If I were you and had all those attachments, it would be VERY hard to consider a machine where I had to start over. I would certainly look at machines where the equipment you have would still be of use.

  9. If you are planning on buying a Bernina I would HIGHLY recommend looking into a Juki. They are built by the same company (Juki), have the same features, etc. but the Juki machine is much less expensive because they don’t have the brand name of Bernina. If you sew a lot you can get a light industrial machine for much less and it will sew faster and last a lot longer. I can’t recommend it enough. I am at mine for hours a day and it works beautifully.

  10. I have a Bernina 180e and a Pfaff 7550. The Bernina is a wonderful machine — beautiful stitches. Having said that, I would not buy one again because I am extremely unhappy with my local dealer. To be honest, they are really mean and I don’t like going there. This upsets me because over the years I have spent a lot of money with them. SO consider who your dealer is before you buy. My Pfaff is my workhorse machine. I love it for piecing and straight line quilting. I also rake it to workshops. If I were in the market for another machine (which I foresee in the distant future) I would buy what I consider to be a semi-industrial Machine: a Juki 98Q or a Brother 1500. I want something that is fast for quilting, piecing and garment sewing. Good luck on your search and Happy Birthday to Whipstitch!

  11. I really love my 1970’s Kenmore zig zag 1803. Solid machine, accessories, & a craig’s list DEAL.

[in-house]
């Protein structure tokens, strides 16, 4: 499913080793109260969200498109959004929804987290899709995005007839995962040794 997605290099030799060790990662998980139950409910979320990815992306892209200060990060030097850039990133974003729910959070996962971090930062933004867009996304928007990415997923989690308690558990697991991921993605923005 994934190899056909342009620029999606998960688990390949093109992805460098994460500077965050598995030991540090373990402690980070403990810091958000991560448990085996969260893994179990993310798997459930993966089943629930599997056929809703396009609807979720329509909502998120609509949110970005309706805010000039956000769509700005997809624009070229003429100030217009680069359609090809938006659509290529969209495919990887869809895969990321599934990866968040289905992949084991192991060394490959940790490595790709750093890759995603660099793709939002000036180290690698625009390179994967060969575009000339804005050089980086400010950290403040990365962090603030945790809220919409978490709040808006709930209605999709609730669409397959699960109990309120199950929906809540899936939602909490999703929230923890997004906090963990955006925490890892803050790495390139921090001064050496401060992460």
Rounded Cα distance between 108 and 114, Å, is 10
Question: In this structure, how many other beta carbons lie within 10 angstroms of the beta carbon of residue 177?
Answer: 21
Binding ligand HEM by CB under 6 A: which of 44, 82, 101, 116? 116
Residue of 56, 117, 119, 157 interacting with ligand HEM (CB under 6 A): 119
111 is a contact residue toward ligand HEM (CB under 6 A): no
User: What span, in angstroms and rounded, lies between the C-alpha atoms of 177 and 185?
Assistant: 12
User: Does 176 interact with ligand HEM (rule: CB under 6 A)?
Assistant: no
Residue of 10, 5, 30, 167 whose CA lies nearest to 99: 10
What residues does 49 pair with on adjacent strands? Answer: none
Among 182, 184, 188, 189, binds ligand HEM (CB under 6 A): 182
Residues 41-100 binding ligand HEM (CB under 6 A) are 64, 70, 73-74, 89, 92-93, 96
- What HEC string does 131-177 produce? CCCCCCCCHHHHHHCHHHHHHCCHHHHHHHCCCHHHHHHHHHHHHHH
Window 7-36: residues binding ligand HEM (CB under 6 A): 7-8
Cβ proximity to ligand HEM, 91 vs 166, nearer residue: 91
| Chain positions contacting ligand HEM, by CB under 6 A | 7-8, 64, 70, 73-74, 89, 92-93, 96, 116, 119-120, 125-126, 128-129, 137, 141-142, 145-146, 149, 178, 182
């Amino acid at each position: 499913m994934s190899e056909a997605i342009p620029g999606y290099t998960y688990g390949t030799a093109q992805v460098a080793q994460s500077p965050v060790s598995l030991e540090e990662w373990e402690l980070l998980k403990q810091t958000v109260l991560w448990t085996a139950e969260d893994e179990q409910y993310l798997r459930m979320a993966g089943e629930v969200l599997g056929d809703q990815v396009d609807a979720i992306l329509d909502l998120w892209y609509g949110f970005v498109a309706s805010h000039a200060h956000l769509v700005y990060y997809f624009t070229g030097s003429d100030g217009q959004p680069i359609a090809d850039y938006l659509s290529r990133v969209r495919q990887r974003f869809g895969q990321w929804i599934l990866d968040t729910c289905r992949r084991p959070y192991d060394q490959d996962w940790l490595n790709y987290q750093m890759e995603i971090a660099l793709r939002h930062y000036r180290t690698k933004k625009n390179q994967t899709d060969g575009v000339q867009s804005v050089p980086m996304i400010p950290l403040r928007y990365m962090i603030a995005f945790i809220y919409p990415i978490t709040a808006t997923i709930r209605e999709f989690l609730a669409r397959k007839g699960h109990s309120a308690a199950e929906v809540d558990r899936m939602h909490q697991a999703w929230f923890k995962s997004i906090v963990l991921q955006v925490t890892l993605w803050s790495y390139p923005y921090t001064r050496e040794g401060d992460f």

12. I also own the Bernina 440 QE, and it is a reliable machine. Last year I started using the Bernina Stitch Regulator (BSR) for my free motion quilting. The BSR is fantastic it allows you to disconnect the sewing machines foot pedal, and it has this “eye'” that counts threads so that the machine only sews when you move the fabric. If you are interested in this you should get your sewing machine shop to demo it for you. Once you get the hang of the BSR it is quite liberating because you only have to concentrate on what your hands are doing, and not how much pressure you are putting on your foot pedal.

  13. I have a Brother, and I like it a lot, but I have to tell you that my mom has a Bernina. She paid $1500 for it in, like, 1984 or something. That thing is still going strong. It is amazing. So smooth. I still love using it.

  14. Berninas are wonderful! My mom and I both use them. You can buy a 30 year old machine that will work wonders, and you can buy a brand spankin’ new machine that costs more than your car, and you will love it dearly. The best news is that when you get ready to upgrade, whether it be next year or 20 years from now, you will likely be able to sell it for something similar to the original price. Berninas are amazing!

  15. I have that very Bernina 440 that you have pictured and I love it! It’s my second Bernina, and I also love the dealer which very well could be where you’re looking as well, since I’m in Atlanta. As a disclaimer, I must say the only other brand I’ve sewn on is a 1950s era Singer.

  16. So, I’m way out of my league. I sew on a Kenmore machine ($230) and it’s done me well. But, I do need a 2nd machine cause my daughter uses it a lot and I don’t want to pay to take care of it. So, I’m looking at Janome myself.

  17. I learned to sew on a Bernina in Home Ec twenty-nine years ago. Our school was a tiny country school, but Mrs. Nelson had Bernina’s. She loved them and they were wonderful machines.

    After slugging through decorating a nursery with a Singer with a drop in bobbin which drove me crazy, my husband decided I had to have a new machine for my birthday. I got a Bernina 1080. That was 16 years ago. I still love this machine even though it doesn’t have all the bells and whistles currently available. The stitches are great and I have a wonderful assortment of presser feet which I still expand occasionally. Three years ago I got a Bernina serger for my birthday. Love it too.

    Another nice thing about buying a Bernina is that they offer free classes so you can learn everything about your new machine.

    :) Ann